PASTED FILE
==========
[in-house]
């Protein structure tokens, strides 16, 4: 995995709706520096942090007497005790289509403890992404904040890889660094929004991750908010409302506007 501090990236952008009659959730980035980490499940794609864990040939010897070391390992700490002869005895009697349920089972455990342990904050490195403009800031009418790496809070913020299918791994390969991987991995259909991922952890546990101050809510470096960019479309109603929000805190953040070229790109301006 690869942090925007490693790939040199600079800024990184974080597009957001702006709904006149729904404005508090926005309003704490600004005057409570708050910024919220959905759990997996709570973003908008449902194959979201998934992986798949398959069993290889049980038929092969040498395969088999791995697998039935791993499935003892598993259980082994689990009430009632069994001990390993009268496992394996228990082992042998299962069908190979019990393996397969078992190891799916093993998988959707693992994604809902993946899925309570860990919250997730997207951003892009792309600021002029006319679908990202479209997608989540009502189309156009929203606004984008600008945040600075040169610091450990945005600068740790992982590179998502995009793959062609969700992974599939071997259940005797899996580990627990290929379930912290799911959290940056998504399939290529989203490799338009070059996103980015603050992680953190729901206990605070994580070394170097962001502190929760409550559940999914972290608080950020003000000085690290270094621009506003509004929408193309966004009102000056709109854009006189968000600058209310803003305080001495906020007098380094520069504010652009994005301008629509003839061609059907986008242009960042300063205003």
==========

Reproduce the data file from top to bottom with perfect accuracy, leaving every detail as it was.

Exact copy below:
[in-house]
């Protein structure tokens, strides 16, 4: 995995709706520096942090007497005790289509403890992404904040890889660094929004991750908010409302506007 501090990236952008009659959730980035980490499940794609864990040939010897070391390992700490002869005895009697349920089972455990342990904050490195403009800031009418790496809070913020299918791994390969991987991995259909991922952890546990101050809510470096960019479309109603929000805190953040070229790109301006 690869942090925007490693790939040199600079800024990184974080597009957001702006709904006149729904404005508090926005309003704490600004005057409570708050910024919220959905759990997996709570973003908008449902194959979201998934992986798949398959069993290889049980038929092969040498395969088999791995697998039935791993499935003892598993259980082994689990009430009632069994001990390993009268496992394996228990082992042998299962069908190979019990393996397969078992190891799916093993998988959707693992994604809902993946899925309570860990919250997730997207951003892009792309600021002029006319679908990202479209997608989540009502189309156009929203606004984008600008945040600075040169610091450990945005600068740790992982590179998502995009793959062609969700992974599939071997259940005797899996580990627990290929379930912290799911959290940056998504399939290529989203490799338009070059996103980015603050992680953190729901206990605070994580070394170097962001502190929760409550559940999914972290608080950020003000000085690290270094621009506003509004929408193309966004009102000056709109854009006189968000600058209310803003305080001495906020007098380094520069504010652009994005301008629509003839061609059907986008242009960042300063205003």